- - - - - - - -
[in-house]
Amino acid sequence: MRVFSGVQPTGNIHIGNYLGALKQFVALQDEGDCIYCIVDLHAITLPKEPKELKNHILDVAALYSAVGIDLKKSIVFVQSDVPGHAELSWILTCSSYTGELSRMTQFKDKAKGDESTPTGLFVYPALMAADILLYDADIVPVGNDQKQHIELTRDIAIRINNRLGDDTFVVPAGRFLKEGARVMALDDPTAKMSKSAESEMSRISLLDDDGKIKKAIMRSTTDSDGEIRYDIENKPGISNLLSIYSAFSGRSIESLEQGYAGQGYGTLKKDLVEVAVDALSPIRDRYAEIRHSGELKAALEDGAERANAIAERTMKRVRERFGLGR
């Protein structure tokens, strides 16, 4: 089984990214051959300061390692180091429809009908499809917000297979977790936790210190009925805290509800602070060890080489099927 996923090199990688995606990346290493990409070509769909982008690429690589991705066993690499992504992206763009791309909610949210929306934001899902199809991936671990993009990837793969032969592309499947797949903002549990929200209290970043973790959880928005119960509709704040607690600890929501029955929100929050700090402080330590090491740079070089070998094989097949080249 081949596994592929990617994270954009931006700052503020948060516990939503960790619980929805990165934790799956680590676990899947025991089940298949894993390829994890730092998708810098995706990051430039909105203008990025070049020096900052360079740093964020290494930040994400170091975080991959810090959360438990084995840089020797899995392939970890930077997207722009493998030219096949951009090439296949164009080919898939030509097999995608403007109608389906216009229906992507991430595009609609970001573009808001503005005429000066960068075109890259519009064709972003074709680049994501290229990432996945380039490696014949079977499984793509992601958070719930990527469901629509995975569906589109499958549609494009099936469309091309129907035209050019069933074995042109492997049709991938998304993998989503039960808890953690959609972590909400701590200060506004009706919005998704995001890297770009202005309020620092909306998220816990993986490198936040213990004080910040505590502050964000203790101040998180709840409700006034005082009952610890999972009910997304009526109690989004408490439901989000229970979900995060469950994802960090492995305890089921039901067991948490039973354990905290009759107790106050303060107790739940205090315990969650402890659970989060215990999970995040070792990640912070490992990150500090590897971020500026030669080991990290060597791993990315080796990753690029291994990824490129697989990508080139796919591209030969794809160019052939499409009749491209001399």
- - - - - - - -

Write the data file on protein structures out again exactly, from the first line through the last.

[in-house]
Amino acid sequence: MRVFSGVQPTGNIHIGNYLGALKQFVALQDEGDCIYCIVDLHAITLPKEPKELKNHILDVAALYSAVGIDLKKSIVFVQSDVPGHAELSWILTCSSYTGELSRMTQFKDKAKGDESTPTGLFVYPALMAADILLYDADIVPVGNDQKQHIELTRDIAIRINNRLGDDTFVVPAGRFLKEGARVMALDDPTAKMSKSAESEMSRISLLDDDGKIKKAIMRSTTDSDGEIRYDIENKPGISNLLSIYSAFSGRSIESLEQGYAGQGYGTLKKDLVEVAVDALSPIRDRYAEIRHSGELKAALEDGAERANAIAERTMKRVRERFGLGR
């Protein structure tokens, strides 16, 4: 089984990214051959300061390692180091429809009908499809917000297979977790936790210190009925805290509800602070060890080489099927 996923090199990688995606990346290493990409070509769909982008690429690589991705066993690499992504992206763009791309909610949210929306934001899902199809991936671990993009990837793969032969592309499947797949903002549990929200209290970043973790959880928005119960509709704040607690600890929501029955929100929050700090402080330590090491740079070089070998094989097949080249 081949596994592929990617994270954009931006700052503020948060516990939503960790619980929805990165934790799956680590676990899947025991089940298949894993390829994890730092998708810098995706990051430039909105203008990025070049020096900052360079740093964020290494930040994400170091975080991959810090959360438990084995840089020797899995392939970890930077997207722009493998030219096949951009090439296949164009080919898939030509097999995608403007109608389906216009229906992507991430595009609609970001573009808001503005005429000066960068075109890259519009064709972003074709680049994501290229990432996945380039490696014949079977499984793509992601958070719930990527469901629509995975569906589109499958549609494009099936469309091309129907035209050019069933074995042109492997049709991938998304993998989503039960808890953690959609972590909400701590200060506004009706919005998704995001890297770009202005309020620092909306998220816990993986490198936040213990004080910040505590502050964000203790101040998180709840409700006034005082009952610890999972009910997304009526109690989004408490439901989000229970979900995060469950994802960090492995305890089921039901067991948490039973354990905290009759107790106050303060107790739940205090315990969650402890659970989060215990999970995040070792990640912070490992990150500090590897971020500026030669080991990290060597791993990315080796990753690029291994990824490129697989990508080139796919591209030969794809160019052939499409009749491209001399």